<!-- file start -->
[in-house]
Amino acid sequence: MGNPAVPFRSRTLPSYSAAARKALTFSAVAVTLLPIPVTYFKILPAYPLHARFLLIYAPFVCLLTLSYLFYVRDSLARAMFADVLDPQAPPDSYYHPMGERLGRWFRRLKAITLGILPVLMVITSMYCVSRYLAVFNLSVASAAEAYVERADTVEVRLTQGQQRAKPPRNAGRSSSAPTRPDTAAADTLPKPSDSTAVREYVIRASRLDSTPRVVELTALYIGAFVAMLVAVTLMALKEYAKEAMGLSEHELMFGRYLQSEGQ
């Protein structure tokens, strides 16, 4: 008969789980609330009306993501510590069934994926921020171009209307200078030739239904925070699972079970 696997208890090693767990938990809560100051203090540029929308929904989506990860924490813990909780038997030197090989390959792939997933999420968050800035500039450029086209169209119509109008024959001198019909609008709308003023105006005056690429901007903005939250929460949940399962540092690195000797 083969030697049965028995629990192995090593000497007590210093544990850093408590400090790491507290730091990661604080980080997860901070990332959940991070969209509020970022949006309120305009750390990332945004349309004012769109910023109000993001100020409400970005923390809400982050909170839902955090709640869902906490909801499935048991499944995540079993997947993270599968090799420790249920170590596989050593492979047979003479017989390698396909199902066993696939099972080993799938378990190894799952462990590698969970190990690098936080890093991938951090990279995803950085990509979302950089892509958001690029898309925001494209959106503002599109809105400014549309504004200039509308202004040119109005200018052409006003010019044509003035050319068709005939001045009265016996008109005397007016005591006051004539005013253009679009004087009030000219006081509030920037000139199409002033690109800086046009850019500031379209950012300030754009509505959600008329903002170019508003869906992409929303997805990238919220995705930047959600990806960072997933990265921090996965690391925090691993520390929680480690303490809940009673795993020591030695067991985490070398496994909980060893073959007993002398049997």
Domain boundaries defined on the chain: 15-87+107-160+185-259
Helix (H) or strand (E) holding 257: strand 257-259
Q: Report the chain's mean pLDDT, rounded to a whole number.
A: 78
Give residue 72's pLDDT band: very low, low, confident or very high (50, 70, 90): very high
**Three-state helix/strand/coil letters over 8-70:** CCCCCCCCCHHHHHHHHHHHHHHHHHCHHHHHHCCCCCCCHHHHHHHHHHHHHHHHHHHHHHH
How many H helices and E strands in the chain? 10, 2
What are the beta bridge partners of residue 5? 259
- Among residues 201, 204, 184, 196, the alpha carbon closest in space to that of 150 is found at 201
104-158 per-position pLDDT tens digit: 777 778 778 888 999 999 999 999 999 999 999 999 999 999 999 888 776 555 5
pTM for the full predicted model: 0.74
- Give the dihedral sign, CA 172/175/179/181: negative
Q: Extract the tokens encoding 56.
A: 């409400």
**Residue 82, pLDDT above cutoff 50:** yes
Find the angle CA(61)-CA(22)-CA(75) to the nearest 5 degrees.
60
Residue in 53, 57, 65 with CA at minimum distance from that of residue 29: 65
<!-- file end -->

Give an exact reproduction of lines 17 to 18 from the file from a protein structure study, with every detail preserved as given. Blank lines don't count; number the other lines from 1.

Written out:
A: 């409400």
**Residue 82, pLDDT above cutoff 50:** yes